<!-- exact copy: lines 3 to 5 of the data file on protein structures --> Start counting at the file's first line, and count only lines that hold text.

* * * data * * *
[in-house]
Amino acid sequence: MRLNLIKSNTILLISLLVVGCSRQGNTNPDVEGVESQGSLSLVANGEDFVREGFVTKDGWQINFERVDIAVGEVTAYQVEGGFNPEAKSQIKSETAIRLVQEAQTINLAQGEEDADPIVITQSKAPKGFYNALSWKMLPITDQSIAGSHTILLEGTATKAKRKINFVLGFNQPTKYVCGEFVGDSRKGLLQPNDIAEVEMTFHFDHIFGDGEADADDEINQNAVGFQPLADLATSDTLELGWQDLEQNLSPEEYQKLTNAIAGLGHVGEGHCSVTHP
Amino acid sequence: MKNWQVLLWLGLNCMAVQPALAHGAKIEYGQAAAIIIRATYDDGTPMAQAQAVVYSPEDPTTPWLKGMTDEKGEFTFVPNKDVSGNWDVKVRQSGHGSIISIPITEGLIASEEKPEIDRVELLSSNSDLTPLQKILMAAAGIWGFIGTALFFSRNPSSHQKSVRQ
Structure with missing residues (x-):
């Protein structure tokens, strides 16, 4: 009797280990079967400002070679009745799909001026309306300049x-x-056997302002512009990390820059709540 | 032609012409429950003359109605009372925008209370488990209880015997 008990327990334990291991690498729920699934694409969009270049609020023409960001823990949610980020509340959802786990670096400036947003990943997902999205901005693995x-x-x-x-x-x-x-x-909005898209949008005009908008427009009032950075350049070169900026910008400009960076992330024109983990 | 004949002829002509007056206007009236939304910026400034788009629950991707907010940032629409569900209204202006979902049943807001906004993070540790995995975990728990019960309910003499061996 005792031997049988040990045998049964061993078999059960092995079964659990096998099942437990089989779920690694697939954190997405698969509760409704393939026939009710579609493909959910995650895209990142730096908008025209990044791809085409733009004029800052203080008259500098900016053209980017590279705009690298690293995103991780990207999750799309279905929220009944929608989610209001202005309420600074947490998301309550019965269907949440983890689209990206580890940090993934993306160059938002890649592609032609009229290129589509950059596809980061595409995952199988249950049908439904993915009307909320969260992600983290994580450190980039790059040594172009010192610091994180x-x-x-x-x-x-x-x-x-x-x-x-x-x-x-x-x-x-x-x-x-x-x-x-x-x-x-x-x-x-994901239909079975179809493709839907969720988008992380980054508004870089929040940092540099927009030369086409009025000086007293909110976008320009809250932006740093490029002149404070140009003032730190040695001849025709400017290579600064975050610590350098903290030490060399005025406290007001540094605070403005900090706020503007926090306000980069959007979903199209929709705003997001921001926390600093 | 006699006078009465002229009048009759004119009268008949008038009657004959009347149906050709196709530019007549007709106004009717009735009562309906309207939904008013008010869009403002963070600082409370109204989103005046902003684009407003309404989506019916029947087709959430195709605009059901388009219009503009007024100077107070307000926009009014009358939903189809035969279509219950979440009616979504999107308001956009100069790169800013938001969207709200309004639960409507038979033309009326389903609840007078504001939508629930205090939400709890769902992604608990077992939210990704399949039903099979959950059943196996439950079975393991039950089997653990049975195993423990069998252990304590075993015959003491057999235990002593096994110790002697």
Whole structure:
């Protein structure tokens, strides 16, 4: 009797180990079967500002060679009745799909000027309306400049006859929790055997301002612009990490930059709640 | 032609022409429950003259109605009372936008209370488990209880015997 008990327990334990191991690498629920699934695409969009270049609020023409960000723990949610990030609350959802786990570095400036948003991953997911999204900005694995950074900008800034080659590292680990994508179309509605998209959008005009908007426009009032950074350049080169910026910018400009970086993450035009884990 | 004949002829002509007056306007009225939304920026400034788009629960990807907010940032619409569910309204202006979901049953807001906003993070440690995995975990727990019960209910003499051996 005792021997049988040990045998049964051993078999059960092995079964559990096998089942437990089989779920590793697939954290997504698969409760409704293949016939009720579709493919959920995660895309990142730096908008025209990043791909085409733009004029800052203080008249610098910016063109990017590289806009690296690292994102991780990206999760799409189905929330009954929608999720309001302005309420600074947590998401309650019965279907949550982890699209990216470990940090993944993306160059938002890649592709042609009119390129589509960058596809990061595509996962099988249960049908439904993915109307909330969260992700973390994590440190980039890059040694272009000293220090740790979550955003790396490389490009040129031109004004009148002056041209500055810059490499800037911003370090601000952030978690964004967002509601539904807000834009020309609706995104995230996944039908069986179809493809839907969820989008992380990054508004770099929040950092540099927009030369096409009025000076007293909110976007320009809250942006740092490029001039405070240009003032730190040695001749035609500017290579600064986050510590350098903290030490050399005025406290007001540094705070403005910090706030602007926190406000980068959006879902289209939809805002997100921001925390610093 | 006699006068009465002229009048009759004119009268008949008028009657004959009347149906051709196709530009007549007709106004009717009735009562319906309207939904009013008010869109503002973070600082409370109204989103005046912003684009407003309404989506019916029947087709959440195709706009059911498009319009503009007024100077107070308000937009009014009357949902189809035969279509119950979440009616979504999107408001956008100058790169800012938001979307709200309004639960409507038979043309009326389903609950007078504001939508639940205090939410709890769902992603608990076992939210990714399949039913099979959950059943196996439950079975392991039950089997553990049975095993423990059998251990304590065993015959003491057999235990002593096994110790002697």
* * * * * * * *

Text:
Amino acid sequence: MKNWQVLLWLGLNCMAVQPALAHGAKIEYGQAAAIIIRATYDDGTPMAQAQAVVYSPEDPTTPWLKGMTDEKGEFTFVPNKDVSGNWDVKVRQSGHGSIISIPITEGLIASEEKPEIDRVELLSSNSDLTPLQKILMAAAGIWGFIGTALFFSRNPSSHQKSVRQ
Structure with missing residues (x-):
């Protein structure tokens, strides 16, 4: 009797280990079967400002070679009745799909001026309306300049x-x-056997302002512009990390820059709540 | 032609012409429950003359109605009372925008209370488990209880015997 008990327990334990291991690498729920699934694409969009270049609020023409960001823990949610980020509340959802786990670096400036947003990943997902999205901005693995x-x-x-x-x-x-x-x-909005898209949008005009908008427009009032950075350049070169900026910008400009960076992330024109983990 | 004949002829002509007056206007009236939304910026400034788009629950991707907010940032629409569900209204202006979902049943807001906004993070540790995995975990728990019960309910003499061996 005792031997049988040990045998049964061993078999059960092995079964659990096998099942437990089989779920690694697939954190997405698969509760409704393939026939009710579609493909959910995650895209990142730096908008025209990044791809085409733009004029800052203080008259500098900016053209980017590279705009690298690293995103991780990207999750799309279905929220009944929608989610209001202005309420600074947490998301309550019965269907949440983890689209990206580890940090993934993306160059938002890649592609032609009229290129589509950059596809980061595409995952199988249950049908439904993915009307909320969260992600983290994580450190980039790059040594172009010192610091994180x-x-x-x-x-x-x-x-x-x-x-x-x-x-x-x-x-x-x-x-x-x-x-x-x-x-x-x-x-x-994901239909079975179809493709839907969720988008992380980054508004870089929040940092540099927009030369086409009025000086007293909110976008320009809250932006740093490029002149404070140009003032730190040695001849025709400017290579600064975050610590350098903290030490060399005025406290007001540094605070403005900090706020503007926090306000980069959007979903199209929709705003997001921001926390600093 | 006699006078009465002229009048009759004119009268008949008038009657004959009347149906050709196709530019007549007709106004009717009735009562309906309207939904008013008010869009403002963070600082409370109204989103005046902003684009407003309404989506019916029947087709959430195709605009059901388009219009503009007024100077107070307000926009009014009358939903189809035969279509219950979440009616979504999107308001956009100069790169800013938001969207709200309004639960409507038979033309009326389903609840007078504001939508629930205090939400709890769902992604608990077992939210990704399949039903099979959950059943196996439950079975393991039950089997653990049975195993423990069998252990304590075993015959003491057999235990002593096994110790002697």